Read alb-beetle-detectives-fact-sheet.pdf text version

BEETLEDetective

Get the facts. Find the beetles.

ALB

America's neighborhoods and forests are under attack. The Asian Longhorned Beetle (ALB) has destroyed tens of thousands of hardwood trees. Help the USDA protect our trees -- and stop the beetle. Look for signs of the ALB in your community and report both positive and negative findings at BeetleDetectives.com on behalf of your organization. Then watch your organization rise through the ranks of top beetle detectives.

Identifying the Asian Longhorned Beetle (ALB)

The ALB grows within hardwood trees, particularly maple, birch, horsechestnut, willow and elm. The tunneling larvae eventually kill the tree. Adult beetles start to emerge as the weather gets warmer and are most active during the summer and early fall, when they can be seen on trees, branches, walls, outdoor furniture, cars and sidewalks. You should capture the insects you think are ALB, place them in a jar and freeze them -- this will preserve the insect for easy identification. You can also search for signs of infestation.

· 1 - 1 ½" in length · Long antennae banded with black and white (longer than the insect's body) · Shiny black body with distinctive white spots · Six legs, may have blue feet

SIGNS OF INFESTATION

Dime-sized exit holes

Trunk riddled with exit holes

Sawdust-like material, called frass, near exit hole

Yellowing or drooping leaves or dead branches

HOST TREES

» Ash » Birch » Elm » Hackberry » Horsechestnut » Katsura » London Planetree » Maple » Mimosa » Mountain Ash » Poplar » Willow

To learn more about the ALB, visit aphis.usda.gov/ and click on Asian Longhorned Beetle under "Hot Issues" or go to BeetleBusters.info.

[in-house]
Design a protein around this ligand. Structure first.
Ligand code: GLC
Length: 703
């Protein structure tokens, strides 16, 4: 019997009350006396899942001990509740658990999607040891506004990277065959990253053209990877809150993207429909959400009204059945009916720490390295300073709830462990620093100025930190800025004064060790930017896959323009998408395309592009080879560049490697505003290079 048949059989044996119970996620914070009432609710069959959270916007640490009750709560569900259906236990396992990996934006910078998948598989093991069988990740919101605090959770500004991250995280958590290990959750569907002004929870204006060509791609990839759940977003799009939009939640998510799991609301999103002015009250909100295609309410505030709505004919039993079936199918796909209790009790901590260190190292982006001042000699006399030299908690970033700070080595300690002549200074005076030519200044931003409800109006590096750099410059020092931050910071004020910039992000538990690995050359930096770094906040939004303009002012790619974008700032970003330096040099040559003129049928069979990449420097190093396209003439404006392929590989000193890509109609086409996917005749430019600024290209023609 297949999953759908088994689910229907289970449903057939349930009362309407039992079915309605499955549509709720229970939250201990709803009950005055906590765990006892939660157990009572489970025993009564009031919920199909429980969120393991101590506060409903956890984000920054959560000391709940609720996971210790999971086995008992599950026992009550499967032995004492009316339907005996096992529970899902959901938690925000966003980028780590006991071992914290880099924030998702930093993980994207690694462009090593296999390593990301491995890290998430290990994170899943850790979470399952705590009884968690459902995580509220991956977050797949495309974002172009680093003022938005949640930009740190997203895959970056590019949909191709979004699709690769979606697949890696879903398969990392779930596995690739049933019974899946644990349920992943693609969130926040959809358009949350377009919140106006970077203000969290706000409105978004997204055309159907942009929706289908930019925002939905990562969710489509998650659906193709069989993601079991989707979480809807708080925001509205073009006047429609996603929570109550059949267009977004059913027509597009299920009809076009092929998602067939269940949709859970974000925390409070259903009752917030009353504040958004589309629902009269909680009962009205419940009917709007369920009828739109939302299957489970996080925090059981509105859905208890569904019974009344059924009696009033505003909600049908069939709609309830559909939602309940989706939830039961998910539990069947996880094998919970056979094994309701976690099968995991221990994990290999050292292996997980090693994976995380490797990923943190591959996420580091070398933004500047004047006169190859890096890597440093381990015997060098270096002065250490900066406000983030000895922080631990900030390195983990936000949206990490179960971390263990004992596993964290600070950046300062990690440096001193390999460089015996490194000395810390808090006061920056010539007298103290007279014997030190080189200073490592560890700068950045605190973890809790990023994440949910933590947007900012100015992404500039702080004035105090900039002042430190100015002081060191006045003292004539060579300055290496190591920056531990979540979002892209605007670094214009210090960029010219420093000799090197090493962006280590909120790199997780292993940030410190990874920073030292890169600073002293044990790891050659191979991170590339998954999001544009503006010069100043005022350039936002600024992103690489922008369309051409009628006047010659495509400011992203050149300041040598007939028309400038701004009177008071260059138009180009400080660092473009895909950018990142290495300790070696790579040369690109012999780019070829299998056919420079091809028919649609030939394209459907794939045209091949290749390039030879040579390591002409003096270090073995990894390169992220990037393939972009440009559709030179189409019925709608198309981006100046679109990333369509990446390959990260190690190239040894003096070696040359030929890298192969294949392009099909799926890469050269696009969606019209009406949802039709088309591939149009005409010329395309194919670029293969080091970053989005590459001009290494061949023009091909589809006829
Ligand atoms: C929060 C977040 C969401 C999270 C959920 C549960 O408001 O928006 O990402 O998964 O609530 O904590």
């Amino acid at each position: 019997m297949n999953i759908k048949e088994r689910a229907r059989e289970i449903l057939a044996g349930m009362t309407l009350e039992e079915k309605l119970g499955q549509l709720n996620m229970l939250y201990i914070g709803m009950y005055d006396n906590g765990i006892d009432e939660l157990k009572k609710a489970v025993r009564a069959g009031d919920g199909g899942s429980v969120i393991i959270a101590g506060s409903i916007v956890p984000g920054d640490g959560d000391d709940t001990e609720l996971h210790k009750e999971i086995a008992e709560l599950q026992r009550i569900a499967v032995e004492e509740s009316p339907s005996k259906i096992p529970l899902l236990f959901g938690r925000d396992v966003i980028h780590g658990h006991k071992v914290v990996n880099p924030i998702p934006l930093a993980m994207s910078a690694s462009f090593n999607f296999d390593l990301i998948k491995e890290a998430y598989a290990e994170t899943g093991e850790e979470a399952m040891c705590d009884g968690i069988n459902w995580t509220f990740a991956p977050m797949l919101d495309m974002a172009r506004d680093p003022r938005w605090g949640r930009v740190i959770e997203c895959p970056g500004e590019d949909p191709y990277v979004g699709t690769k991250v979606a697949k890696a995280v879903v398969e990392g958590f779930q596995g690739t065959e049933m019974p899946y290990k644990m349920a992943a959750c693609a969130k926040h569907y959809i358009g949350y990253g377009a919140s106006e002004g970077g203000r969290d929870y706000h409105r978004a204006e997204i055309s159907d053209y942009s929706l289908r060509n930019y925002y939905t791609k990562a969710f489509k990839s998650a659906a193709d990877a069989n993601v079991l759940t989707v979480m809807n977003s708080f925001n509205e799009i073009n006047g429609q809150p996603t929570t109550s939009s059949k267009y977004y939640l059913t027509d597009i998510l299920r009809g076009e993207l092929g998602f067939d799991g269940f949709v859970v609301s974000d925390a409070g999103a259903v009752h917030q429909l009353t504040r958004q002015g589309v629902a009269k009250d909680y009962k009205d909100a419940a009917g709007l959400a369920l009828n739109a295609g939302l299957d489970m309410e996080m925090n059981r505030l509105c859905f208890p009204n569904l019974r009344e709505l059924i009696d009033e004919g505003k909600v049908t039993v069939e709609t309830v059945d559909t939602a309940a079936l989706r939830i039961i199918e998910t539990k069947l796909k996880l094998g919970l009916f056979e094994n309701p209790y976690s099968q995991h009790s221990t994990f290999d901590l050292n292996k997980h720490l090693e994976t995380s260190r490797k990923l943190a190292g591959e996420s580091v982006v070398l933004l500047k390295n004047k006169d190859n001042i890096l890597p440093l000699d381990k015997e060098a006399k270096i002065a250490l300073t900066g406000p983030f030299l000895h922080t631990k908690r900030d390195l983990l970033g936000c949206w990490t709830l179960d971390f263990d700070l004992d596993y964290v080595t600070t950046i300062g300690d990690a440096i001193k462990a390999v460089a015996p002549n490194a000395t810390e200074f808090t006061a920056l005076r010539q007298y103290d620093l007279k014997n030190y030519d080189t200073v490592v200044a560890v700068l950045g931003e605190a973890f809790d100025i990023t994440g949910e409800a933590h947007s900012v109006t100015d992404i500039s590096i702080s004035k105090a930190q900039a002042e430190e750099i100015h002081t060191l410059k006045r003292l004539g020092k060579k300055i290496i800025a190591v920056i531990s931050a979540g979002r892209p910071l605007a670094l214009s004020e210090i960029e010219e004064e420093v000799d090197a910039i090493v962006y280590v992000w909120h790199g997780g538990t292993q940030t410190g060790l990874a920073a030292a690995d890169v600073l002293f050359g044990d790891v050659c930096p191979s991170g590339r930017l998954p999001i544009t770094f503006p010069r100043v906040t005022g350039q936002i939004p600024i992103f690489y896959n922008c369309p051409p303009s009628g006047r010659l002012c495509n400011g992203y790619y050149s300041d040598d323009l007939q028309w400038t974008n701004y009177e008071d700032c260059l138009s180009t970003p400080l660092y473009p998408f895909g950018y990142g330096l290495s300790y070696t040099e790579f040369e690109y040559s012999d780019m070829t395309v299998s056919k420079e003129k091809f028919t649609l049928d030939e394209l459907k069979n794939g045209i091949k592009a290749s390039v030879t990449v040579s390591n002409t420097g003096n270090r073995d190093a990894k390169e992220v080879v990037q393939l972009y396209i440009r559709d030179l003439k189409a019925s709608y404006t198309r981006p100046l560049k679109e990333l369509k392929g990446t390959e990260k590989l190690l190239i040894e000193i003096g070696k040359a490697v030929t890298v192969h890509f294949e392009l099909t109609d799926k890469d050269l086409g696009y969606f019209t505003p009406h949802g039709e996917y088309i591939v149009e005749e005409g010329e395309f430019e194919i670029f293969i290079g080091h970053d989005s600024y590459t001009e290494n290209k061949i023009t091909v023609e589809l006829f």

Be an ace beetle detective. Start searching today!

Print out this fact sheet and use it for reference while you search. Locate at least 10 host trees on your property or public property near your residence. Carefully examine each tree for signs of ALB infestation. Use the survey card below to record your observations and then enter your report online at BeetleDetectives.com. Here are a few tips for recording your observations and submitting your report:

· Area searched -- use the nearest cross streets to identify the scope of the location searched. · If you detect the beetle or signs, describe the beetle and/or damage (size, shape and color) and take a photo if possible. You can upload your photos on the online report form at BeetleDetectives.com. · If possible, collect a specimen of the insect, place it in a jar and freeze it -- this will preserve the insect for easy identification.

Observations for Asian Longhorned Beetle (ALB)

Date(s) of search (dd/mm/yy): Location of search (street address or closest intersection, city, zip code):

Total number of host trees examined: Types of host trees examined (such as elm, maple, or willow):

Did you find any signs of ALB?

Yes

No

If yes, please describe the beetle and/or damage (size, shape and color):

Did you collect a specimen of an ALB?

Yes

No Yes No

Did you take a photograph of the insect or damage?

If you observe beetles or signs of infestation, immediately contact your USDA/APHIS State Plant Health Director. Go to BeetleDetectives.com to find your State Plant Health Director. Report both positive and negative sightings at BeetleDetectives.com to help your organization become top-ranked beetle detectives. Negative sightings indicate that the beetle has not yet been detected in your area.

United States Department of Agriculture Animal and Plant Health Inspection Service

USDA is an equal opportunity provider and employer. Federal Relay Service (Voice/TTY/ASCII/Spanish) 1-800-877-8339

Information

2 pages

Find more like this

Report File (DMCA)

Our content is added by our users. We aim to remove reported files within 1 working day. Please use this link to notify us:

Report this file as copyright or inappropriate

1297416